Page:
Ten years and two days ago I was 37 weeks pregnant with my first child. My mother flew half way across the United States to spend a week with my husband and I. I remember picking her up at the gate. It was the last time I ever picked anyone up at the airport from their gate.
My mom rejoiced in my huge belly and I felt excited and proud to show off my giant gestating bump. She had come out to help me get everything ready for the baby and to enjoy a small break from everyday life and work. We made fun and frivolous plans.
The morning of September 11, 2001, I was up early (hugely pregnant women don’t get lots of sleep) and getting ready for a doctor’s appointment. The news was on and we heard that a plane had hit the Twin Towers in New York City.
I was convinced it was some sort of tragic accident. Even when the second plane crashed and the Pentagon was hit. Surely this couldn’t be a deliberate act? It had to be a horrible, horrible mistake.
It was, of course, no mistake. And I witnessed evil, for the first time, on a grand scale.
We watched the news all day and that night. Airports were closed down, t.v. programming was cancelled, everything changed. I remember thinking that I couldn’t possibly bring a child into a world so full of misery and so full of hatred. Hatred towards me and my way of life from people who didn’t even know who I was.
It took me a while to see the other side of the tragedy. The side that filled me with hope for the tiny baby I was carrying.
In the following days and weeks and months I realized, that while we had been attacked with a ferocity and hatred I never thought could have existed, there were heroes everywhere. There were hundreds of people (professional and civilian) who rushed into those burning buildings to rescue the hurt and wounded. There were fleeing victims who stopped to help others escape. There were neighbors and friends who took care of the families left behind. Fundraisers and bake sales were held to offer monetary support to the people affected by these terrible crimes. Absolute strangers, moved to do something, donated blood, just to help.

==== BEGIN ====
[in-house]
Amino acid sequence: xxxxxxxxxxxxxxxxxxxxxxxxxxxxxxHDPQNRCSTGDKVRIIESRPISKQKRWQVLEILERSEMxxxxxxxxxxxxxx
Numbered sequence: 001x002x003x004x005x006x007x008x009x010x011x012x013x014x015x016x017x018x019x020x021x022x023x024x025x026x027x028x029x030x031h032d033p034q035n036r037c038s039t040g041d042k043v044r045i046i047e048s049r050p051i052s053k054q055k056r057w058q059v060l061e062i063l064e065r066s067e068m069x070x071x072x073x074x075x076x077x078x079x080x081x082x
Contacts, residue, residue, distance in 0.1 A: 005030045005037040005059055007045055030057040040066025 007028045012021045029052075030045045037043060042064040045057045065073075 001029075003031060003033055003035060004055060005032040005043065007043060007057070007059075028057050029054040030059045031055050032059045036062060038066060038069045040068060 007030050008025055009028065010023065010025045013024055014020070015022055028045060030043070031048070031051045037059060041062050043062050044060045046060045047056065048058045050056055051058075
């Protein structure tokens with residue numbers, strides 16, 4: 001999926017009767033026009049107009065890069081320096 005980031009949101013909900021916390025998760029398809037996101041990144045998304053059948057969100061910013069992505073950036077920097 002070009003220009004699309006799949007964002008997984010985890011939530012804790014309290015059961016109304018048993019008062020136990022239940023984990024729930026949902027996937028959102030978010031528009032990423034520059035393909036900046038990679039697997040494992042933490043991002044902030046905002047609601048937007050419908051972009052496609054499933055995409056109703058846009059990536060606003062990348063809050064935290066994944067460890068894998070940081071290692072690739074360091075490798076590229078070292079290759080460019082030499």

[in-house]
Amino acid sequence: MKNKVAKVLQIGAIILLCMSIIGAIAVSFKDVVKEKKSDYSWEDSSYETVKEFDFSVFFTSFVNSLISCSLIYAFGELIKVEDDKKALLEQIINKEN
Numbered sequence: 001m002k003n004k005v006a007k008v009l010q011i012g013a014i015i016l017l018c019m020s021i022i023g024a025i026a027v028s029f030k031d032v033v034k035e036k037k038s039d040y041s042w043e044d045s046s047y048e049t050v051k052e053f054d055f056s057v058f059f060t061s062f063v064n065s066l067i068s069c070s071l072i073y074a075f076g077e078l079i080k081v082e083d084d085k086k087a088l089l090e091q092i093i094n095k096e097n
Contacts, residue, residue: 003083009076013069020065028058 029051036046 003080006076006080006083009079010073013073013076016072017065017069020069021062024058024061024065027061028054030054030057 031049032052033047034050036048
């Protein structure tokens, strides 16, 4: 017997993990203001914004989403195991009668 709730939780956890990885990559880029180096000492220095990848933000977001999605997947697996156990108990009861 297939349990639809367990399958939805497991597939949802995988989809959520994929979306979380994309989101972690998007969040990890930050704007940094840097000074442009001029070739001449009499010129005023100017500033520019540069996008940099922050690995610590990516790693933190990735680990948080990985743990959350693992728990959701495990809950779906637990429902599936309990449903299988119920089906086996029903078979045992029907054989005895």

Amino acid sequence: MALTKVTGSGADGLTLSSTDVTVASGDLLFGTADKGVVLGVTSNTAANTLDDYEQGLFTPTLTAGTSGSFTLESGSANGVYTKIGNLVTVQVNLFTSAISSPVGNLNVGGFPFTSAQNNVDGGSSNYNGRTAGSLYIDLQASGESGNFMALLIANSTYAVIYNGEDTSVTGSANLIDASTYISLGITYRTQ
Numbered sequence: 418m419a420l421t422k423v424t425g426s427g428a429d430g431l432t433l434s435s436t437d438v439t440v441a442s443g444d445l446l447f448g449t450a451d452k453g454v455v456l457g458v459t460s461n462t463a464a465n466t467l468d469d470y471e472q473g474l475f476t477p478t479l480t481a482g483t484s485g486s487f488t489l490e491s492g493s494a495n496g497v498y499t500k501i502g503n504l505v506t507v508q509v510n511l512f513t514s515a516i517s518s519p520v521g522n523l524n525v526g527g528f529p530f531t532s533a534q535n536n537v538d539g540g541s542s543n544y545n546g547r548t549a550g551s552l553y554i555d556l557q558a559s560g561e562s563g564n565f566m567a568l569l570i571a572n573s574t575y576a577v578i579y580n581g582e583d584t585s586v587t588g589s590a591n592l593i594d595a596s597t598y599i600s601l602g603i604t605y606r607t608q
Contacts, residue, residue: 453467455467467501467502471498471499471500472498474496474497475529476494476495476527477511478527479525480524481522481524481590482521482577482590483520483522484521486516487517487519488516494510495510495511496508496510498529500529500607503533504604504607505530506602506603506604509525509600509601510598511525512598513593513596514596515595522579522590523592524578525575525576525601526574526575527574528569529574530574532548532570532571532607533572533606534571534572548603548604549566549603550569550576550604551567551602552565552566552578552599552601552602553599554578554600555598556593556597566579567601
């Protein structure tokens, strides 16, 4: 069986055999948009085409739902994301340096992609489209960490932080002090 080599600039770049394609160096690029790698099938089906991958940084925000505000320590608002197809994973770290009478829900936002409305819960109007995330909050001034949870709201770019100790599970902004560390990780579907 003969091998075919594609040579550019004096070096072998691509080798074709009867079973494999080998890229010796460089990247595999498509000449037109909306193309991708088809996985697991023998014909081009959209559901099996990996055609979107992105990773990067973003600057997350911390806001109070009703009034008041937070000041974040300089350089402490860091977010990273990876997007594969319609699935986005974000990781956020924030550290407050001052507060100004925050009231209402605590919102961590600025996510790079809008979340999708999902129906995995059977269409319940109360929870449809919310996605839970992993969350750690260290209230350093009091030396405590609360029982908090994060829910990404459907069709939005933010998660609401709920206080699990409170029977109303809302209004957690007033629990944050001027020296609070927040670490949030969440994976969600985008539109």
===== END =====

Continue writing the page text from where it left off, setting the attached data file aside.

Thousands of people died ten years ago, by the hands of a few dozen mad men filled with hatred and evil.
But, hundreds of thousands of people became heroes in small and large ways in the horrific aftermath.
That is the world in which I raise my three children. A world that has more heroes than villains, more love than hate, more help than hurt.
And everyday it challenges me to be a better mother, wife, friend, and citizen.